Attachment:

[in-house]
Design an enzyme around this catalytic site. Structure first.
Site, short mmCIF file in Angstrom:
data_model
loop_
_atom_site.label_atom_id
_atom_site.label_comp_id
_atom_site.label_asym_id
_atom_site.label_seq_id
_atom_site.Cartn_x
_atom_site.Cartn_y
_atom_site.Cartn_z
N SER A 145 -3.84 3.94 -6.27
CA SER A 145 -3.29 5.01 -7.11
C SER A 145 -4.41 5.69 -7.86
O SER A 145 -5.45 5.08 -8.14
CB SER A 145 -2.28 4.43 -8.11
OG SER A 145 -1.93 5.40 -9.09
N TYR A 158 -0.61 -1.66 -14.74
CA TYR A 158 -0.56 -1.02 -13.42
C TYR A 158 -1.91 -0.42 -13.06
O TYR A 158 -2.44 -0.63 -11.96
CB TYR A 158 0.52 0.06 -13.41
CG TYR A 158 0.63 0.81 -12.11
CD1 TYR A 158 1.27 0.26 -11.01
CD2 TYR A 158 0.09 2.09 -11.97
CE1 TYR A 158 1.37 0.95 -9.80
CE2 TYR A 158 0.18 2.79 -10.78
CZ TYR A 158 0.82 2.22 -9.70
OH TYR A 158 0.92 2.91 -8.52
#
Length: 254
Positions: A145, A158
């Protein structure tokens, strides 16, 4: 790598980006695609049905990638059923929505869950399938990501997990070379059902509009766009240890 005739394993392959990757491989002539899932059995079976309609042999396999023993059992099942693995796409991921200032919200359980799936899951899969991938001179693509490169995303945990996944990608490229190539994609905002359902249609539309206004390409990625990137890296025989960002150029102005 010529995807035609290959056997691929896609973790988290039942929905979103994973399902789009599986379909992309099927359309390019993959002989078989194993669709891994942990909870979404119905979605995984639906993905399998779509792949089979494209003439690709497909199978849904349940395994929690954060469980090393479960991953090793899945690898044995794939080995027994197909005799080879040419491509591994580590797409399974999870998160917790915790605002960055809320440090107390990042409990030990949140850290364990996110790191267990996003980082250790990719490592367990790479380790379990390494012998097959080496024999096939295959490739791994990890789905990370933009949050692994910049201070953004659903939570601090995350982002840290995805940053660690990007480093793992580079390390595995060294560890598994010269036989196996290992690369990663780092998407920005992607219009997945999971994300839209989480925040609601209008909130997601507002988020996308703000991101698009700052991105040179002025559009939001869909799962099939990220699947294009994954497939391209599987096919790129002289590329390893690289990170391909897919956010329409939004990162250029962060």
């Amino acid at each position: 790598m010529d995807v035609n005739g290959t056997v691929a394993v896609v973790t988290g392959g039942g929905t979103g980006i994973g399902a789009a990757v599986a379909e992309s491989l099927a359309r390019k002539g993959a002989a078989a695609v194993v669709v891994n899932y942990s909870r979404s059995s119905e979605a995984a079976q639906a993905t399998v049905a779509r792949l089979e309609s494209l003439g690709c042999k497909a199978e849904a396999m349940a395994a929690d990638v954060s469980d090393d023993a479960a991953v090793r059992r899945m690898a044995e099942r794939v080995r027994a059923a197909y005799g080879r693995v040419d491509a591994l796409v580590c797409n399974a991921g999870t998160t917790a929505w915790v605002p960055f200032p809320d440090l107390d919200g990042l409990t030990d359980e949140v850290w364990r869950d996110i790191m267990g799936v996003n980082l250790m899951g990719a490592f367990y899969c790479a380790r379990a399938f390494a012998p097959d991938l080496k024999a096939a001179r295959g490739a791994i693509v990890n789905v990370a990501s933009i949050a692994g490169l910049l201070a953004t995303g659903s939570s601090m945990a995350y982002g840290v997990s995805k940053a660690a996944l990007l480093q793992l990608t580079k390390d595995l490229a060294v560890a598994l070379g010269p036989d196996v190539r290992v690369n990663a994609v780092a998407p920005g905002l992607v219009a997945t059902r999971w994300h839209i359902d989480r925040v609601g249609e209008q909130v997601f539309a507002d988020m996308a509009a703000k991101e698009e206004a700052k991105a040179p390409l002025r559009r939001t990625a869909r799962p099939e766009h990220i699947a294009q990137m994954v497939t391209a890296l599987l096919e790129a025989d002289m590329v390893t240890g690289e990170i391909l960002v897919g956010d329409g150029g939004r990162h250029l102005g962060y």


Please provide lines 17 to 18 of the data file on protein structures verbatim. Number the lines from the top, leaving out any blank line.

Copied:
CB SER A 145 -2.28 4.43 -8.11
OG SER A 145 -1.93 5.40 -9.09